We did not establish a valuation allowance against federal deferred tax assets as of March 31, 2012 as we believe that it is more likely than not that all of these assets will be realized. We continue to maintain a valuation allowance for certain of our state deferred tax assets as it is more likely than not that they will not be realized.

Tax Ownership Change

During the third quarter of 2009, we exchanged $1.7 billion principal amount of interest-bearing debt for an equal principal amount of non-interest-bearing convertible debentures. Subsequent to the Debt Exchange, $592.3 million and $128.7 million debentures were converted into 57.2 million and 12.5 million shares of common stock during the third and fourth quarters of 2009, respectively. As a result of these conversions, we believe we experienced a tax ownership change during the third quarter of 2009.

As of the date of the ownership change, we had federal net operating losses (“NOLs”) available to carry forward of approximately $1.4 billion. Section 382 imposes an annual limitation on the amount of post-ownership change taxable income a corporation may offset with pre-ownership change NOLs. We believe the tax ownership change will extend the period of time it will take to fully utilize our pre-ownership change NOLs, but will not limit the total amount of pre-ownership change NOLs we can utilize. Our updated estimate is that we will be subject to an overall annual limitation on the use of our pre-ownership change NOLs of approximately $194 million. The overall pre-ownership change NOLs, which were approximately $1.4 billion, have a statutory carry forward period of 20 years (the majority of which expire in 16 years). As a result, we believe we will be able to fully utilize these NOLs in future periods.

Our ability to utilize the pre-ownership change NOLs is dependent on our ability to generate sufficient taxable income over the duration of the carry forward periods and will not be impacted by our ability or inability to generate taxable income in an individual year.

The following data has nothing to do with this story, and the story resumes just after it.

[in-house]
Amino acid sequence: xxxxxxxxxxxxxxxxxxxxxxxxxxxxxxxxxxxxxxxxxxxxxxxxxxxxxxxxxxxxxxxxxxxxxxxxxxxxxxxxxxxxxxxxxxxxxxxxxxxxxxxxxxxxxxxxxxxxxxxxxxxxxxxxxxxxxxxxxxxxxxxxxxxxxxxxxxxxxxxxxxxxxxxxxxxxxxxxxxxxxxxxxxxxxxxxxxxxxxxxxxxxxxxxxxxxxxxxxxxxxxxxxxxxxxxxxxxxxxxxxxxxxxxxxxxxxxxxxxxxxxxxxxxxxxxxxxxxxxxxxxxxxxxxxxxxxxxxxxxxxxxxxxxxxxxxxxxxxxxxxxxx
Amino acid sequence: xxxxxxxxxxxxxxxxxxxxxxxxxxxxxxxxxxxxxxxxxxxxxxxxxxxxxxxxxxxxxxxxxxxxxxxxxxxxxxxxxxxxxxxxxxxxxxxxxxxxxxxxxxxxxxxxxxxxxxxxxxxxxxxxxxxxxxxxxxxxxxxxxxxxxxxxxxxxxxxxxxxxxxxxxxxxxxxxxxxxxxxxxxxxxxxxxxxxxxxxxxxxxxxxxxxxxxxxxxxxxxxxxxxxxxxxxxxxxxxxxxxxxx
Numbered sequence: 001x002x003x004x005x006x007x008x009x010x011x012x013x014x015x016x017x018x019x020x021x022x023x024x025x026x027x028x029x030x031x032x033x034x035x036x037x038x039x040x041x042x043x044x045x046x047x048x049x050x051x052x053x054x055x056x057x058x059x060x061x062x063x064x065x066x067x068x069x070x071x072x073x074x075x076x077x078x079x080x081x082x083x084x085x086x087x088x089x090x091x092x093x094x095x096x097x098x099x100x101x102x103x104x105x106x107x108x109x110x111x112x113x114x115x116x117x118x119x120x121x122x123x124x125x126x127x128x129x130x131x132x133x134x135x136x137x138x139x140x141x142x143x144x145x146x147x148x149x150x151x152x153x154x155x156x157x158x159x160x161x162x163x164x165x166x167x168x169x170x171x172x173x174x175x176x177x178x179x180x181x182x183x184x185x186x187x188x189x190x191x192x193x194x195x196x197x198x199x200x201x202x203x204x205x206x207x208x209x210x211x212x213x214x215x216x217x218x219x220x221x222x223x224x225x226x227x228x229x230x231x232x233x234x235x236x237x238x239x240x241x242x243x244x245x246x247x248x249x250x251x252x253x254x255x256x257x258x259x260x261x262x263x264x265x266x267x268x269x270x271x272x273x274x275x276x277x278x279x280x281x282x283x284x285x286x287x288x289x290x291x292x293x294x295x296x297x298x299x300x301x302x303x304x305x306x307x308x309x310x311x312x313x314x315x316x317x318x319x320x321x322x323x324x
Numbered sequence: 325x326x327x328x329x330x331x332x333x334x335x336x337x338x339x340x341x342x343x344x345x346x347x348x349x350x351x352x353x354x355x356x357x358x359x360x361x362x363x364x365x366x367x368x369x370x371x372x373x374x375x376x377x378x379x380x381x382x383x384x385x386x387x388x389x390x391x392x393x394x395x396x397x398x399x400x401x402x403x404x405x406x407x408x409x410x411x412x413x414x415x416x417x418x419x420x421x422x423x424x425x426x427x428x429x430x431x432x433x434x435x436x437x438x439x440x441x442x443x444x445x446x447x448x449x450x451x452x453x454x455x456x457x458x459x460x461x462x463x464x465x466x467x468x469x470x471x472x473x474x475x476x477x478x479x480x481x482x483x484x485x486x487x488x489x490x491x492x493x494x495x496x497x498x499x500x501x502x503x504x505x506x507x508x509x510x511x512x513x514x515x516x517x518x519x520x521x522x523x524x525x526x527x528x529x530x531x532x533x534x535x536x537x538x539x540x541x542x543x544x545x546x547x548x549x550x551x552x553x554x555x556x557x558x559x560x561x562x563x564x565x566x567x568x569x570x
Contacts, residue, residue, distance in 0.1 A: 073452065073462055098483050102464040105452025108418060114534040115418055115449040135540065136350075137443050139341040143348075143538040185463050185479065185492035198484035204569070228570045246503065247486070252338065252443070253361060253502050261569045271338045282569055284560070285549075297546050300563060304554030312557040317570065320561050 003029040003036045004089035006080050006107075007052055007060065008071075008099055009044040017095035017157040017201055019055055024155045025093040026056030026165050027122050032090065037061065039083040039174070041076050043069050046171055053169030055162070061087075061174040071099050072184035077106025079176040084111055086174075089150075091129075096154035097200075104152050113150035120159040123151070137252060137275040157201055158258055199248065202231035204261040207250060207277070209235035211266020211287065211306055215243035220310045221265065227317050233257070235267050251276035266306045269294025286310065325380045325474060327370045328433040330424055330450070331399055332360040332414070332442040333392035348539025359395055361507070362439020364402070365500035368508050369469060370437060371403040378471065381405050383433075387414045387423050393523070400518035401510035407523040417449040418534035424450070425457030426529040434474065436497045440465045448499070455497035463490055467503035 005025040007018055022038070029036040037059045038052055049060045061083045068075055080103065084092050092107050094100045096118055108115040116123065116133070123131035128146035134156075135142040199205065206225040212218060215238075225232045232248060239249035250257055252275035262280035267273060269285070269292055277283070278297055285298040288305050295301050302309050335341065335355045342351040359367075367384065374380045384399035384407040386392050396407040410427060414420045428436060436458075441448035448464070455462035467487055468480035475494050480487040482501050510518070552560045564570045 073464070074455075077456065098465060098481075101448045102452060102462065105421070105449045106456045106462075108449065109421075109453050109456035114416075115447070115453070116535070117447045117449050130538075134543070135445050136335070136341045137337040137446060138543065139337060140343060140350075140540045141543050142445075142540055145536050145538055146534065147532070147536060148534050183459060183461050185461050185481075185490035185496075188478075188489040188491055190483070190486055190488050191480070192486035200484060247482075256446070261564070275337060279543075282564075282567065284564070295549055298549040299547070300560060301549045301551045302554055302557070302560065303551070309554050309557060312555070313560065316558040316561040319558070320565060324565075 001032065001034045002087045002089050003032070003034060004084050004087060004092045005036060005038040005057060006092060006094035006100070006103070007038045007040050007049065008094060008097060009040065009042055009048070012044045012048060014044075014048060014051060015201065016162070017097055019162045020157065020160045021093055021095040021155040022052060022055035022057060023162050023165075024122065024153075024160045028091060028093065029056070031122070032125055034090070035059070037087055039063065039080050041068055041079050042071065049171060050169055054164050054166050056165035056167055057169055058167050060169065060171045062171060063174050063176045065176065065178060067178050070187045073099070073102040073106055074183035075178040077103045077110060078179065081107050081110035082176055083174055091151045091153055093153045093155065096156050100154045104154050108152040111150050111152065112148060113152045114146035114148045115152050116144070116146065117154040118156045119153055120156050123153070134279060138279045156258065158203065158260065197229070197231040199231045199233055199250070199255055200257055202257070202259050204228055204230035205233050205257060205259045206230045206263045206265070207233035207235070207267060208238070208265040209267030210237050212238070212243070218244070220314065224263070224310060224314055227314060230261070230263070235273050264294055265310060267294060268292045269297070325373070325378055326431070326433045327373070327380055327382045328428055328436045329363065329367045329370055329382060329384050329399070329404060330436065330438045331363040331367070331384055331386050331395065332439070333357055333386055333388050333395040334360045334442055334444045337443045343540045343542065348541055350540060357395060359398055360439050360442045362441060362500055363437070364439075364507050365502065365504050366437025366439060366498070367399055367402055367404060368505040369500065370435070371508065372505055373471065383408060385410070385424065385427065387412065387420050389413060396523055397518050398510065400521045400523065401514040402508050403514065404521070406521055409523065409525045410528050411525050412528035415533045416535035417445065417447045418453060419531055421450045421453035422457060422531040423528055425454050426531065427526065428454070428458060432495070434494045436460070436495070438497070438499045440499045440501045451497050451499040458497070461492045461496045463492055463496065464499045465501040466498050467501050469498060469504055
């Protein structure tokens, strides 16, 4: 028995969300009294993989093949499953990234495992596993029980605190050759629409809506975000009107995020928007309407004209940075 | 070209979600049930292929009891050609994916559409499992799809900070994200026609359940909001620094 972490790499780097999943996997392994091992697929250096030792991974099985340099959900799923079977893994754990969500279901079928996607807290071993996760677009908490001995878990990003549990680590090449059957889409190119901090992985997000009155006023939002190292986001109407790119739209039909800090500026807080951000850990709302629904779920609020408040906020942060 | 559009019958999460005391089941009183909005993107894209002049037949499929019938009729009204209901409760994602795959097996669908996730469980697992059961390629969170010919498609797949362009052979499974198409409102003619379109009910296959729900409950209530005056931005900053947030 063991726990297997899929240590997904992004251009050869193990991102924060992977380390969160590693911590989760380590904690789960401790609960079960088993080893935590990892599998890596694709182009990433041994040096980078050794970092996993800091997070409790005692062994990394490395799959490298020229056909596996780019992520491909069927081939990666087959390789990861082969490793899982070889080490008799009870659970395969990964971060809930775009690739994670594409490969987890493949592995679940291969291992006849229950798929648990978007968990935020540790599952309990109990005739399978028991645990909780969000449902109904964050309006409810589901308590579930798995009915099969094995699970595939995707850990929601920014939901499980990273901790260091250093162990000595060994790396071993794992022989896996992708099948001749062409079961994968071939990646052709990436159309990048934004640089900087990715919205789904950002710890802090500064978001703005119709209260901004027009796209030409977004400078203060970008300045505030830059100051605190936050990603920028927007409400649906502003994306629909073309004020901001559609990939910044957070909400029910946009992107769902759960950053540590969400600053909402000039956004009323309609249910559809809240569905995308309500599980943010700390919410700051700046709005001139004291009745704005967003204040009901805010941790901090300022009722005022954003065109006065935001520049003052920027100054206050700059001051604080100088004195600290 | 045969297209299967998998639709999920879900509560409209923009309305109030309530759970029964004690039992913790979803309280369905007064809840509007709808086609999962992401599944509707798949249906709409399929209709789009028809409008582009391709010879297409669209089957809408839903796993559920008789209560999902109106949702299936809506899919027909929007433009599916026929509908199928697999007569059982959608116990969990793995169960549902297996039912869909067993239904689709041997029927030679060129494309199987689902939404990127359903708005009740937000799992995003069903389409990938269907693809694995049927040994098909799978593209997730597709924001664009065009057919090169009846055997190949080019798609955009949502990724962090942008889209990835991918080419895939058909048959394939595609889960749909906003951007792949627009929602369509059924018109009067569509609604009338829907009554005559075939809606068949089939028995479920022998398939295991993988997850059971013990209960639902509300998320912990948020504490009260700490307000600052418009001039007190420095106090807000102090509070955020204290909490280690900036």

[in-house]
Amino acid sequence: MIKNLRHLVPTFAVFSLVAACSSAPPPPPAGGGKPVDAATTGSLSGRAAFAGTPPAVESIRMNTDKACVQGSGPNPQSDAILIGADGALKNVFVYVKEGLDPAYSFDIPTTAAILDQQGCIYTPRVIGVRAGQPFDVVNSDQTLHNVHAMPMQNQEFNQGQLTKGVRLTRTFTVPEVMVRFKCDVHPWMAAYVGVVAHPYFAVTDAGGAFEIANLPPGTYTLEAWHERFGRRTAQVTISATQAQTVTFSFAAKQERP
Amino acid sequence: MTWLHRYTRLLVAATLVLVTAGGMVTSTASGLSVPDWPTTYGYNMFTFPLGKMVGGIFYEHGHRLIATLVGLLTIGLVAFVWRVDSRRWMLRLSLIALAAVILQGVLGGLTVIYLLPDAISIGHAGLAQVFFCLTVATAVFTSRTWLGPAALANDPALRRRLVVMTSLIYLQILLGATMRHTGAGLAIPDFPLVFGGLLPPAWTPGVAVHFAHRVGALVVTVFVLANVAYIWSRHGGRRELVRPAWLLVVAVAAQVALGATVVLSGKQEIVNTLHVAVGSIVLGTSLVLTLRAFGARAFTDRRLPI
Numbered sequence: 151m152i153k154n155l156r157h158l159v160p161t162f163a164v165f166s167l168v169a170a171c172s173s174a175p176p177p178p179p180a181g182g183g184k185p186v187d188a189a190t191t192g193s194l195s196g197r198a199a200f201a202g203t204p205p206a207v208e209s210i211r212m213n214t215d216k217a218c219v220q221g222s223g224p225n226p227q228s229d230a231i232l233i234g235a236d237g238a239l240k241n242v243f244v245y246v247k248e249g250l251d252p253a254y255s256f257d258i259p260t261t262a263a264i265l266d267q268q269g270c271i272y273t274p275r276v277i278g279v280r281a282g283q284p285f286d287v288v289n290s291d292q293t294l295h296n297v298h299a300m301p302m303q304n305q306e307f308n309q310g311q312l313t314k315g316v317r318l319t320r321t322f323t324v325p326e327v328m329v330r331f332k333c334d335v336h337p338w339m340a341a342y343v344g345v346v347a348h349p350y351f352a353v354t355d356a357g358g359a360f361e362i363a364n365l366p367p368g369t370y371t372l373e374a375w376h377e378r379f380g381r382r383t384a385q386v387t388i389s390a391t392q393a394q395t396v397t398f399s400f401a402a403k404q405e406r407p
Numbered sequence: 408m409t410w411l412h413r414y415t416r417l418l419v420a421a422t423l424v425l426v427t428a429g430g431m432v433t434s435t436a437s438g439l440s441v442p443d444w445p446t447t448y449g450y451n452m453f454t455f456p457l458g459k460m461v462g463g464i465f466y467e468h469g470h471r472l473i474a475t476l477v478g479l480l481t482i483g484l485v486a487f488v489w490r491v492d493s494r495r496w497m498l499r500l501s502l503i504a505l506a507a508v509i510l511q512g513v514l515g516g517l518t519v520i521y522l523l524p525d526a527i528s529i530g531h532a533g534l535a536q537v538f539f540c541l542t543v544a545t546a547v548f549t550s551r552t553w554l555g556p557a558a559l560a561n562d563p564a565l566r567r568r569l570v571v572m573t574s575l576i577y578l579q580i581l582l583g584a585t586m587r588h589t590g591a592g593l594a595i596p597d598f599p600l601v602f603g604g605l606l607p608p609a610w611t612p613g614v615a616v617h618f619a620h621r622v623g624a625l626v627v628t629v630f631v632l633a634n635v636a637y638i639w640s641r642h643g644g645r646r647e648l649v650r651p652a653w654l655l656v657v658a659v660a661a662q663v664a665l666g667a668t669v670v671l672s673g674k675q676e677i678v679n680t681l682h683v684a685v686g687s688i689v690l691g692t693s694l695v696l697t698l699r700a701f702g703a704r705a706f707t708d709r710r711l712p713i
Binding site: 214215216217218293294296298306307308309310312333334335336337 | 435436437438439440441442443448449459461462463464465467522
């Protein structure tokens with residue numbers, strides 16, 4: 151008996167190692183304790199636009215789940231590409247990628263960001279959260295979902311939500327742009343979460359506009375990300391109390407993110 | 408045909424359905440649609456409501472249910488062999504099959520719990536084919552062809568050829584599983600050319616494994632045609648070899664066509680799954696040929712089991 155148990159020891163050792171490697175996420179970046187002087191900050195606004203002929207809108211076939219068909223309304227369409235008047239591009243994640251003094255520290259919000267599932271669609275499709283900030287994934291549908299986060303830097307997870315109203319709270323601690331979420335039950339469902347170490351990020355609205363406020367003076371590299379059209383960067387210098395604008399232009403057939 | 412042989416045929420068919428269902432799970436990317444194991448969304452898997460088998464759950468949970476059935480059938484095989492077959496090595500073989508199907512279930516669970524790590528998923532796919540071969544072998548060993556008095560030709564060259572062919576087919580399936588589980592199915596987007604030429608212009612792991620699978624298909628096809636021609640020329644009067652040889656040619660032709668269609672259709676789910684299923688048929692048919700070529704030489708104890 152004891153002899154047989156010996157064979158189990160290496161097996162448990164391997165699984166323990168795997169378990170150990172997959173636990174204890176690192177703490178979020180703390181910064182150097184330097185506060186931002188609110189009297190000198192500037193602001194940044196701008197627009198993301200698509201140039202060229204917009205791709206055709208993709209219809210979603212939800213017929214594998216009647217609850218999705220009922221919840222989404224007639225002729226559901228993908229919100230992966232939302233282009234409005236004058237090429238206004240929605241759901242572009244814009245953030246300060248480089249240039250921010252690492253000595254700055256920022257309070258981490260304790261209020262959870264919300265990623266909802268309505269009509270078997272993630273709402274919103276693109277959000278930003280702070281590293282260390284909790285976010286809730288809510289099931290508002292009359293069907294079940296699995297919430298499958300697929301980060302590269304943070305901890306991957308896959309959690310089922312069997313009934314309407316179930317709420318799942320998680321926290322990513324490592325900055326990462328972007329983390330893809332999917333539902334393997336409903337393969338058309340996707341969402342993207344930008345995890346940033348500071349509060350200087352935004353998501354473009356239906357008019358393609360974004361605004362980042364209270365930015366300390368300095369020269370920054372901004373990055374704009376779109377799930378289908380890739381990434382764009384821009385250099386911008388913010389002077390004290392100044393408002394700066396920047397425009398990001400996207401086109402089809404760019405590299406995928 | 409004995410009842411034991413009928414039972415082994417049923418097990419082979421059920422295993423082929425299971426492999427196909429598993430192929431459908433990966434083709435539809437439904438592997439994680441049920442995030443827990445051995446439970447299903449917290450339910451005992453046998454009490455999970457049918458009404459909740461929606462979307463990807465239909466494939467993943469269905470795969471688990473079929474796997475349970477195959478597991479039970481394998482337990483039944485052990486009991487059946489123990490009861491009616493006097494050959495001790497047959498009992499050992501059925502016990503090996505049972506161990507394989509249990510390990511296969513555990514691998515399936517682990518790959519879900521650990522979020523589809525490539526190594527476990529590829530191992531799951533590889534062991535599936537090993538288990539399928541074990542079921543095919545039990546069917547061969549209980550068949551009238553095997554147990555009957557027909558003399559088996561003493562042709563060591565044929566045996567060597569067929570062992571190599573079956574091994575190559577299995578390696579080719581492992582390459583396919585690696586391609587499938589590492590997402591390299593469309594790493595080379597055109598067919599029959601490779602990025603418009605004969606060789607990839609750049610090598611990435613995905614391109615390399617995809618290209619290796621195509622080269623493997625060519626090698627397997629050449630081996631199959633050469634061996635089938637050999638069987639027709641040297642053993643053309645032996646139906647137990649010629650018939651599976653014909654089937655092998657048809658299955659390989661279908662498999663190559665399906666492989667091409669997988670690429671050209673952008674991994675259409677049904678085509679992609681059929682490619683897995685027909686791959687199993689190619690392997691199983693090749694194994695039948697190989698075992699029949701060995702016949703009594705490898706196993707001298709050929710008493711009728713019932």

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SEGMENT RESULTS REVIEW

We report operating results in two segments: 1) trading and investing; and 2) balance sheet management. Trading and investing includes retail brokerage products and services; investor-focused banking products; market making; and corporate services. Balance sheet management includes the management of asset allocation and credit, liquidity and interest rate risk; loans previously originated by the Company or purchased from third parties; and customer cash and deposits. Costs associated with certain functions that are centrally-managed are separately reported in a corporate/other category.

Trading and Investing

The following table summarizes trading and investing financial information and key metrics as of and for the three months ended March 31, 2012 and 2011 (dollars in millions, except for key metrics):

 

     Three Months Ended
March 31,
     Variance  
         2012 vs. 2011  
      2012      2011      Amount     %  

Net operating interest income

   $ 170.4      $ 188.8      $ (18.4     (10 )% 

Commissions

     107.4        124.5        (17.1     (14 )% 

Fees and service charges

     31.0        36.1        (5.1     (14 )% 

Principal transactions

     24.1        29.6        (5.5     (18 )% 

Other revenues

     7.9        8.0        (0.1     (2 )% 
  

 

 

    

 

 

    

 

 

   

Total net revenue

     340.8        387.0        (46.2     (12 )% 

Total operating expense